Abstract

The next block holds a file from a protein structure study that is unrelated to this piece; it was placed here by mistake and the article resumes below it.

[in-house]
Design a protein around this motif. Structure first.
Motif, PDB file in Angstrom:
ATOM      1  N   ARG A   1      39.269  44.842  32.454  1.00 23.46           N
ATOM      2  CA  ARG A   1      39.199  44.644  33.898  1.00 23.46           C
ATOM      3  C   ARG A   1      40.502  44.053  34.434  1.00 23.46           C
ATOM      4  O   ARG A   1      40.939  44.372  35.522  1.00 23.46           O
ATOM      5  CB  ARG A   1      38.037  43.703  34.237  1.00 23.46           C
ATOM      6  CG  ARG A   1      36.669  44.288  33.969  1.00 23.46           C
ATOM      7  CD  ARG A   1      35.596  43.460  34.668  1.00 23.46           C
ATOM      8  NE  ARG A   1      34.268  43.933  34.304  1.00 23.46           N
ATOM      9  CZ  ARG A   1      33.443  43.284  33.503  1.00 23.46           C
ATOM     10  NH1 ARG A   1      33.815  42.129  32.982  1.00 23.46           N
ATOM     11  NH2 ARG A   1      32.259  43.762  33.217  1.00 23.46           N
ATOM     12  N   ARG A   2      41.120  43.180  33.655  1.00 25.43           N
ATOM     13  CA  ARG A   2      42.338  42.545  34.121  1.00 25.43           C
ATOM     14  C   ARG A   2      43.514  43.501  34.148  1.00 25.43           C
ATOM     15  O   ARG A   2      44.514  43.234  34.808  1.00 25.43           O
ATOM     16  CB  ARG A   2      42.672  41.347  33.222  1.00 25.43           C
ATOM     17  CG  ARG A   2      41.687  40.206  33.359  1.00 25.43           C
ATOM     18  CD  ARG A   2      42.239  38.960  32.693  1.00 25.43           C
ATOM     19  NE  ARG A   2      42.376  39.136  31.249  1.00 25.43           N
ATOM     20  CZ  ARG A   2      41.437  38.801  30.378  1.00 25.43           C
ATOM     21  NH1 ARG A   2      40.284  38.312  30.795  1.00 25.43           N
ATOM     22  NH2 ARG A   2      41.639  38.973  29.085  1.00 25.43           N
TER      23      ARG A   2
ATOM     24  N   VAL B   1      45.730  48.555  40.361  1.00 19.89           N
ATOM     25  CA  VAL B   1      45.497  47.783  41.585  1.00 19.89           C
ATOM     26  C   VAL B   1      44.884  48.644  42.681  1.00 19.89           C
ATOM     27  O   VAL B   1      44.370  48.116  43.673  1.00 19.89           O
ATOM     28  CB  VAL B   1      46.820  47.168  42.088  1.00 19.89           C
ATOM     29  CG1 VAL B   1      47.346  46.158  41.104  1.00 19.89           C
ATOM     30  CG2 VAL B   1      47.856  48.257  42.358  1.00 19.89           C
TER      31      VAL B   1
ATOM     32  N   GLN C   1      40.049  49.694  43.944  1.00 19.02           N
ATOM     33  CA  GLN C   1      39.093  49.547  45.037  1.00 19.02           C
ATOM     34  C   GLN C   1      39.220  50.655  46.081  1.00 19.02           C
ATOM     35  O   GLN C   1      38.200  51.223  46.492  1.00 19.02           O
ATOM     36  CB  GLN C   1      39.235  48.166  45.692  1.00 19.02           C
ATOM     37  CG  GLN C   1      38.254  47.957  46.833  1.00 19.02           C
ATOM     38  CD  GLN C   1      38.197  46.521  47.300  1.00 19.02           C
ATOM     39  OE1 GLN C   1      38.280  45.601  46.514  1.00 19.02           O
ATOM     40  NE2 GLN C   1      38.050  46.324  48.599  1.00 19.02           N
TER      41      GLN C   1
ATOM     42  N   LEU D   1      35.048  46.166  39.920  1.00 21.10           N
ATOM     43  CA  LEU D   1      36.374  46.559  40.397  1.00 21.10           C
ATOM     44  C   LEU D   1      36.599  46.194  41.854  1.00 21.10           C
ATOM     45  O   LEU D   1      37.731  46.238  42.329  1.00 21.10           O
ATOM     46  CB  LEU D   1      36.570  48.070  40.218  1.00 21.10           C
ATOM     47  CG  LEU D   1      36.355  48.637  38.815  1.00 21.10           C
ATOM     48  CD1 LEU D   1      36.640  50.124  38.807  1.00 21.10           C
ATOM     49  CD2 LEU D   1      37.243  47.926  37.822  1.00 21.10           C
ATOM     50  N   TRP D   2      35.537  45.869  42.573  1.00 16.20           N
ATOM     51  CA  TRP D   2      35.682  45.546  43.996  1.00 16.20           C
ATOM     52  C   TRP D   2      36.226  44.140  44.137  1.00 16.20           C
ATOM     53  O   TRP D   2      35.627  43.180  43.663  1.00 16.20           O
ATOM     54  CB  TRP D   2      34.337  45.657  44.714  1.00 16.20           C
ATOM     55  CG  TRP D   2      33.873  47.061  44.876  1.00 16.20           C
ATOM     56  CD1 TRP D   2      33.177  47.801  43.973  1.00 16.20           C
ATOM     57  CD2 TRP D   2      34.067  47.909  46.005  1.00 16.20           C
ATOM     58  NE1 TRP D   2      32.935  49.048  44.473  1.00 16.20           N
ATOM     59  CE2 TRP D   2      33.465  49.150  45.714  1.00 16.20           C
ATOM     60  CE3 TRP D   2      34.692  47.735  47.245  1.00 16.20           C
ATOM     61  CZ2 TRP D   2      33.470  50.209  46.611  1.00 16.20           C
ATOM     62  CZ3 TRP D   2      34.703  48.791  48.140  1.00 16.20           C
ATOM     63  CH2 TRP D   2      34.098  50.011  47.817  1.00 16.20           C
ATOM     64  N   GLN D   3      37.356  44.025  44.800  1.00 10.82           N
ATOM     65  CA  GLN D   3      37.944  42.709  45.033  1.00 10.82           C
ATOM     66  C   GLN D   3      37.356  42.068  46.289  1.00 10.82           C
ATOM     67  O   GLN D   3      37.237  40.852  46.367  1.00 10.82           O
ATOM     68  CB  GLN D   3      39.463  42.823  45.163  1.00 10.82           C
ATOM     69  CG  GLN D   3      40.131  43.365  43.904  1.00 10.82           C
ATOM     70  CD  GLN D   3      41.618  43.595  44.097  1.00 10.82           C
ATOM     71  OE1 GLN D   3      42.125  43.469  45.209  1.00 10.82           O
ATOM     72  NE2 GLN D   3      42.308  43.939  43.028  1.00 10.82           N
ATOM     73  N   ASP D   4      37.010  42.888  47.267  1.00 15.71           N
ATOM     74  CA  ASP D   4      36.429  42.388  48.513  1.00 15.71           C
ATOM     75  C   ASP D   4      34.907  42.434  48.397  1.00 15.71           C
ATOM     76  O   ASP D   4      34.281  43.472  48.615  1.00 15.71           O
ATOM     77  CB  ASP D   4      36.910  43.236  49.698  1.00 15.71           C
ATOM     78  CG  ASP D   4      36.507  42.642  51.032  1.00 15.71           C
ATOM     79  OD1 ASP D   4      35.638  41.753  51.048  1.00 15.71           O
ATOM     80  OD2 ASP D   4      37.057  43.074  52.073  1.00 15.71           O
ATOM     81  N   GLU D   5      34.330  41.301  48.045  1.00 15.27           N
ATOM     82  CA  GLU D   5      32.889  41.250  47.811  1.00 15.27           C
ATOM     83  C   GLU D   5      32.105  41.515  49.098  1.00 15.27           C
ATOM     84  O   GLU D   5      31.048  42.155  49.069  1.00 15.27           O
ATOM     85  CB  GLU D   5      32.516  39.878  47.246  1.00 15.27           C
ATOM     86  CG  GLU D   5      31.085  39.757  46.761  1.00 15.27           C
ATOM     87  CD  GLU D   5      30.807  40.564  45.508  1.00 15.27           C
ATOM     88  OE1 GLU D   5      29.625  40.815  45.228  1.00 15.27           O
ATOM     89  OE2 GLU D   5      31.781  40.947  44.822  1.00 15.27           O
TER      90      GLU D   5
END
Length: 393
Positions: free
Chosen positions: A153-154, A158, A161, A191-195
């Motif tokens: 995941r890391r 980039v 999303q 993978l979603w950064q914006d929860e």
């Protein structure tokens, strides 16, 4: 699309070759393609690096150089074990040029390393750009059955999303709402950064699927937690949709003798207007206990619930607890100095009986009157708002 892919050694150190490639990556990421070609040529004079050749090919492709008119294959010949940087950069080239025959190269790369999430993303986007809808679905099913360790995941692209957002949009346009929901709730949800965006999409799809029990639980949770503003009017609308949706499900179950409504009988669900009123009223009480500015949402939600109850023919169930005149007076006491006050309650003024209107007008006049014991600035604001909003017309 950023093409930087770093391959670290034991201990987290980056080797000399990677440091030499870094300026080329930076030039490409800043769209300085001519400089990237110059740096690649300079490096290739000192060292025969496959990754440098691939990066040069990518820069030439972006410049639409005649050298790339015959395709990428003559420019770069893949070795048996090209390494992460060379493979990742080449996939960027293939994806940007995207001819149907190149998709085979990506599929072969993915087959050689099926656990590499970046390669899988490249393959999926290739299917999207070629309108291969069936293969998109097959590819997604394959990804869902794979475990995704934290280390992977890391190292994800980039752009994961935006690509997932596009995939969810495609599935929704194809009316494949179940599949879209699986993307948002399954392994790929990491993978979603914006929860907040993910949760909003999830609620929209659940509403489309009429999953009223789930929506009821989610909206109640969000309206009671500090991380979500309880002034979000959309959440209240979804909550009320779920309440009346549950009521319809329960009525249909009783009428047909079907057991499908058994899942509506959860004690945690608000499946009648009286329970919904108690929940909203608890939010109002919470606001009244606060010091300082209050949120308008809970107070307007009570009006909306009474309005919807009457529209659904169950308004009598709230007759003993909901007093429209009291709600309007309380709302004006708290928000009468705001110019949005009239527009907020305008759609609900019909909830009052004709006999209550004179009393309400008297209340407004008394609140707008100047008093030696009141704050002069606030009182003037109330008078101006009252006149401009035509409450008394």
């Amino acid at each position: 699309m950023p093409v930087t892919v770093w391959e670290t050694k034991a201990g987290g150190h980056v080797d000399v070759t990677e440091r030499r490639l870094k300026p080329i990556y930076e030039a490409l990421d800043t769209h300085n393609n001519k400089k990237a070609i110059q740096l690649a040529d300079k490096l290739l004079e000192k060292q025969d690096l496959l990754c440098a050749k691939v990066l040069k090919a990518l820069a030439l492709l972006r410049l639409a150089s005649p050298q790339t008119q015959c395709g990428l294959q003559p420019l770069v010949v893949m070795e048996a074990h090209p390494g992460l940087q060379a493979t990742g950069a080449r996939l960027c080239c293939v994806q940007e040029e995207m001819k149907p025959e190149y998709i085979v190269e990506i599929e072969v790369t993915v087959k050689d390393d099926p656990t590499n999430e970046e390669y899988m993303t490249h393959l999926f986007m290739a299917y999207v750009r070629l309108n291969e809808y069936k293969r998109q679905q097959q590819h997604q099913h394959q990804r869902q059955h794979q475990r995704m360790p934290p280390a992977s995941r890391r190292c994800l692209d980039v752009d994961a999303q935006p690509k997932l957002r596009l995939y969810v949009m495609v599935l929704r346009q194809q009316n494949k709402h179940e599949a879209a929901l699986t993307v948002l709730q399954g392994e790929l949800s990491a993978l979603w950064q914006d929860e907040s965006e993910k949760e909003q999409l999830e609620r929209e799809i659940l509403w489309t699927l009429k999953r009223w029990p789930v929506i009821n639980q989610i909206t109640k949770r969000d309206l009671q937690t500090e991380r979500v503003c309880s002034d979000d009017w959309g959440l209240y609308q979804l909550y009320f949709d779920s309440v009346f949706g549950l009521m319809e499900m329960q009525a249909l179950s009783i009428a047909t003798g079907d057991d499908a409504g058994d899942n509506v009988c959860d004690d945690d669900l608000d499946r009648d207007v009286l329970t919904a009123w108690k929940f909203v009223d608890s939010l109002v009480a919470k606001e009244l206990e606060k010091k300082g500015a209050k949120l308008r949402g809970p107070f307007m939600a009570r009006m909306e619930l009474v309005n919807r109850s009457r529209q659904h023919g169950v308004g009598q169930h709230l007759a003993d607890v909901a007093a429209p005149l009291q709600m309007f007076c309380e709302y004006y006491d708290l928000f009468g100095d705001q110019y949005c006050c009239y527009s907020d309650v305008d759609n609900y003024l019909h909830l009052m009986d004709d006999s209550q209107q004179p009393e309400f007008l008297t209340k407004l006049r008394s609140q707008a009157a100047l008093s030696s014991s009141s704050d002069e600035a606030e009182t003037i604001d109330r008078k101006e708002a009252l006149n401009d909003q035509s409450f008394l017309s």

A fault termination zone from Middle Eocene chalks near Beer Sheva, Israel, is analysed via a fracture mechanical technique. The zone consists of the end of the primary fault, three secondary faults and joints associated with these structures. We demonstrate that the shape of the first secondary fault can be obtained from theoretical fracture mechanical calculations. This shape also enables us to obtain the set of conditions which induced the observed structures. The technique reveals the relative importance of the different variables that appear in the theory. The most significant parameters in determining the shape of the first secondary fault are the vertical dimension of the primary fault, the ratio of the two horizontal differential stresses and the initiation angle of the secondary fault. Results indicate that the fault termination zone was created under an almost pure shear load. The true lateral displacement of the primary fault is unknown; hence, exact calculation of the stresses leading to the secondary fault is hardly possible. However, an estimation, based on a partial conversion of this displacement to an uplift, yields σ1 and σ3 values at initiation of between 3.8 and 7.6 MPa and 3.65 and 7.3 MPa, respectively.

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